Theo Walcott, interviewed just after Arsenal beat Newcastle 1-nil to clinch 4th place and the final Champions’ league place said something along the lines of, “We did it, which is great for such a young team, but we’re not satisfied with 4th and now we want to push on and challenge for the title”….
Very nice Theo and a good explanation about our celebrations and how it sets the stage for bigger things. Still, it got me thinking….Are we a truly a young team, and if not, what does it mean going forward?…. Moreover, how do we get from here to there? And (finally) can we expect this team (plus the transfer business over the summer) to really allow us to push on towards our higher aspirations? It’s my belief that our manager has a “plan” which, to the extent it has panned out in the past, gives us a measure of guidance for the future.
After the stadium move “the plan” was clearly based around youth. We couldn’t compete when it came to buying the top, ready-made stars given the new power of Abramovich’s Chelsea. And, of course, this only got more difficult with the emergence of Sheik Mansour’s Manchester City, and (as always) Sir Alex determined to borrow as much as needed to keep Rooney (and bring in others) across town….
Nonetheless, the plan had a measure of promise, and, while some of our younger guys (I’m thinking of Denilson here…) didn’t really pan out, others looked (very) promising. Flashing back to the World Cup final of 2010, we saw our own Robin van Persie as the starting Center Forward for the Netherlands and (our own) Cesc Fabregas as the guy who came on and secured the trophy for Spain with his assist to Iniesta. Sure, “Young Guns” Samir Nasri and Theo Walcott got left off their respective national teams, but both squads underperformed and we thought maybe it would light a fire under the two (very promising) players. A few others (Bendtner, Song and Vela come to mind) did get to play in the tournament, albeit with mixed results.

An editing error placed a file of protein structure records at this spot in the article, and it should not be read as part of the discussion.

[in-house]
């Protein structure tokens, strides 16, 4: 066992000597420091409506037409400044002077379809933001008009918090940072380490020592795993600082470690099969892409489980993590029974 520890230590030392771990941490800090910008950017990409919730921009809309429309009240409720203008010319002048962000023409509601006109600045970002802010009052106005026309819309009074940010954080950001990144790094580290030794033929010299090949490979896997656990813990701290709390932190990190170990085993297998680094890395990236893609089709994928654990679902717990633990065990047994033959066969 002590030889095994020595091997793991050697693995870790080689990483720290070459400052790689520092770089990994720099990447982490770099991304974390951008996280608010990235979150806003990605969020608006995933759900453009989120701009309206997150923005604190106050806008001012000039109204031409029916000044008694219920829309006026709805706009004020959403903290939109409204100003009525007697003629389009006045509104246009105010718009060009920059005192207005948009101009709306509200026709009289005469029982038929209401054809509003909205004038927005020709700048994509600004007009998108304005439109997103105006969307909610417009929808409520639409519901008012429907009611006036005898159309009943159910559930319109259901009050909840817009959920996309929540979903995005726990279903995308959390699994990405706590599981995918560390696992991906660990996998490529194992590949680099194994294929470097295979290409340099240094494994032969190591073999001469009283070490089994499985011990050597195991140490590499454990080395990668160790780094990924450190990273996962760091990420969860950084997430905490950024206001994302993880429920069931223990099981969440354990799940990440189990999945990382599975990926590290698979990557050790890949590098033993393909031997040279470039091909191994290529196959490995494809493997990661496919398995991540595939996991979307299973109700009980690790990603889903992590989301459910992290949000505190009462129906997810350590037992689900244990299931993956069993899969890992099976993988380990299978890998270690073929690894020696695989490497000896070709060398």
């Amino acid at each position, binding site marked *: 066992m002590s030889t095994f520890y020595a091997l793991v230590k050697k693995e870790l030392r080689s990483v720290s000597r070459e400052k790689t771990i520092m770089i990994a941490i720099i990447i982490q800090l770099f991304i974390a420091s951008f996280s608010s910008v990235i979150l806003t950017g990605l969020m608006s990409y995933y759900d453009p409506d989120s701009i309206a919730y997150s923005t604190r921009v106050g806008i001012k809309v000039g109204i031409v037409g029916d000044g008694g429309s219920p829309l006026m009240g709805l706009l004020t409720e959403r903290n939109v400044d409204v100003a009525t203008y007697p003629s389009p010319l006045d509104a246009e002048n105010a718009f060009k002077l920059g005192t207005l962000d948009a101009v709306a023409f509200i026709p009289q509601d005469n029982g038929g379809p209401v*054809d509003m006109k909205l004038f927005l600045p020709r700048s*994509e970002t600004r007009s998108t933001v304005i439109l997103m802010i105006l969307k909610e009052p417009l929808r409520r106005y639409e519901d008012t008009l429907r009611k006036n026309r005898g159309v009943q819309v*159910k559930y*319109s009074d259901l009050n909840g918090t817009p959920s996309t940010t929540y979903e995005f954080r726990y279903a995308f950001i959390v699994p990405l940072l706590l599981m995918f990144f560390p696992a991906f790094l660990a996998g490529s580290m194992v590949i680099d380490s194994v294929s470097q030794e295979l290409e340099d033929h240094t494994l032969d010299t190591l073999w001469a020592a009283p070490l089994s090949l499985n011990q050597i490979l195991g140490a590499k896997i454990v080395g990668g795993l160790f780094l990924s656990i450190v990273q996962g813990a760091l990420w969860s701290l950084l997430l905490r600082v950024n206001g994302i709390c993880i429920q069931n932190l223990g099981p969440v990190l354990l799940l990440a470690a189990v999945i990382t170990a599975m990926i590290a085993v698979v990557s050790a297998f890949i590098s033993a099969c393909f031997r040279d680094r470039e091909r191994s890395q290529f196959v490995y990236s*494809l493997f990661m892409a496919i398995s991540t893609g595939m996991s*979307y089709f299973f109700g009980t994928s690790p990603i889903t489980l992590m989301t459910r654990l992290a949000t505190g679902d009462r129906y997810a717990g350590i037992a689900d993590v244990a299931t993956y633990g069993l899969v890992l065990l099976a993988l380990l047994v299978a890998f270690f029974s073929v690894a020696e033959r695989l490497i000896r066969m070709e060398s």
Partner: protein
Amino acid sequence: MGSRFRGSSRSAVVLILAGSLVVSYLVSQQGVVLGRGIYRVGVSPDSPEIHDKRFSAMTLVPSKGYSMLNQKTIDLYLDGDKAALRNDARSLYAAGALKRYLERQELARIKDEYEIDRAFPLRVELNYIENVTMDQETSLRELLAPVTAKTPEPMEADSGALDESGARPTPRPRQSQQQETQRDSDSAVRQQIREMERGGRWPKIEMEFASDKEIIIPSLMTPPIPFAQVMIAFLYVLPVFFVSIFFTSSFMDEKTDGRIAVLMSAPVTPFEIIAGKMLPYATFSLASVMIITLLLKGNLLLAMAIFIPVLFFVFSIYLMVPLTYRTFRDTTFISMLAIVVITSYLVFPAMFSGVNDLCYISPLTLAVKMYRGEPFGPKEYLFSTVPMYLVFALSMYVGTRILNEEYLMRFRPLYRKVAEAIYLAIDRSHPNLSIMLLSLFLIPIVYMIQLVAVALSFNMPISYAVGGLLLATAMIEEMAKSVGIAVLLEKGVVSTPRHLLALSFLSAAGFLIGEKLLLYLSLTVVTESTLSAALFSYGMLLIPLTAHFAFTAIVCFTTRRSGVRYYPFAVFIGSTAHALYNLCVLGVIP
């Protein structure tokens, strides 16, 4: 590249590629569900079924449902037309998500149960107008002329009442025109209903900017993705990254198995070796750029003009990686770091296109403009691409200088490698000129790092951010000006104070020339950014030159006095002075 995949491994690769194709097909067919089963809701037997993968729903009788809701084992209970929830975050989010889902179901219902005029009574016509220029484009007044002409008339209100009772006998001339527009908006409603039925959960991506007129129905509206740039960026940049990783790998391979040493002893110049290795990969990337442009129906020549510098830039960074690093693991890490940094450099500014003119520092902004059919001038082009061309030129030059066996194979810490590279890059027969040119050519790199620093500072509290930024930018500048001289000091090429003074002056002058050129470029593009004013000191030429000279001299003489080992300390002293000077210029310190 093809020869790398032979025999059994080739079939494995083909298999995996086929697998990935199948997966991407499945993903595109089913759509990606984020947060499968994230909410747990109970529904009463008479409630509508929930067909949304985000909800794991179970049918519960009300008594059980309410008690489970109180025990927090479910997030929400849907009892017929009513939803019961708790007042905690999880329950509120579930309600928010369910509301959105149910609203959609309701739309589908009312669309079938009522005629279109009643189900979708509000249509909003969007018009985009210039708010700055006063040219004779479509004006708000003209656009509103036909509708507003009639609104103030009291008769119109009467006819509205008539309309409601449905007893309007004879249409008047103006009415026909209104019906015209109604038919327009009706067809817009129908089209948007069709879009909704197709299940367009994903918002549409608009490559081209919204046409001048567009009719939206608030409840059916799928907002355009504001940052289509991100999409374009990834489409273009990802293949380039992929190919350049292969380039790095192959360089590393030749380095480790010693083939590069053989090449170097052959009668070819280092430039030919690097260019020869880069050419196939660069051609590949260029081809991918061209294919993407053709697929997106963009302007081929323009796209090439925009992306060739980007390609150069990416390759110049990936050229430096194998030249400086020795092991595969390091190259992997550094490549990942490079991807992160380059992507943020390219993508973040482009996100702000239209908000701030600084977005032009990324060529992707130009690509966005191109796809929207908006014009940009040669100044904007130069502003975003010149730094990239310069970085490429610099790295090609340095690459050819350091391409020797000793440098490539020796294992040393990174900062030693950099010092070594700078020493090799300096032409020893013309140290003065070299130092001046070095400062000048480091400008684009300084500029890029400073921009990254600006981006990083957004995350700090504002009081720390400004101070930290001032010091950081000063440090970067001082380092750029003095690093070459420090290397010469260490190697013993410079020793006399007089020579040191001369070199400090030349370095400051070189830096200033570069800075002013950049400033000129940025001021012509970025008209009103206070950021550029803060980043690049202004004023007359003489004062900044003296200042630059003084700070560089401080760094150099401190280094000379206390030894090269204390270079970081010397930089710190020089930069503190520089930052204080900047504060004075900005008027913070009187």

Of course, 2010-11 wasn’t a breakthrough season at Arsenal and the plan then came in for a major overhaul in the past two off-seasons. Cesc returning to Barcelona was always on the horizon but the hope was to delay it as long as possible. Nasri having his head not just turned, but fully yanked, (Linda Blair style http://www.youtube.com/watch?v=sO9FD7zI7k0 ) by ManCity’s offer to double the one we had tabled, was something beyond the realm of the normal. Certainly it wasn’t the plan when we bought (and developed) him from Marseilles. Arsene famously spoke of the book he could write and his quip about top teams not losing their two best players suggested that our activities in the summer 2011 window were not exactly choreographed. Queue up early season humiliations (the 0-2 vs Liverpool almost as bad as 8-2 at Old Trafford…), a series of desperation buys at the transfer deadline, and, finally, a very long haul to a final day bum squeaker at West Brom. Ugh.
And then it got worse. Summer 2012 saw another remarkable remaking of the Arsenal first team. Our top scorer, Robin van Persie and our 2nd top scorer (and best assist creator) Theo Walcott were allowing their contracts to wind down (as Nasri had the year before) and the former burnt his bridges on (US) independence day with an outrageous message to the fans. Meanwhile, this public show of indiscipline was matched by more insidious ones from our best midfielder, Alex Song, who was well known for being indifferent to fines for tardiness. RvP and Song would be gone before the season kicked off while the Walcott contract saga persisted into the new year. The bottom line is that three of our best players threatened to leave us and two actually did. Another long year, another last day nail-biter, another “ugh.”
So, these past two summers have been all about replacing our best players, while hoping that losing them wouldn’t kill us. Two years ago, at the transfer deadline, we got Mikel Arteta, Per Mertesacker, Andre Santos and Park Chu Young. (Earlier in the summer we also bought Gervinho and Alex Oxlade-Chamberlain.) Last summer we brought in Lucas Poldolski, Olivier Giroud and Santi Cazorla.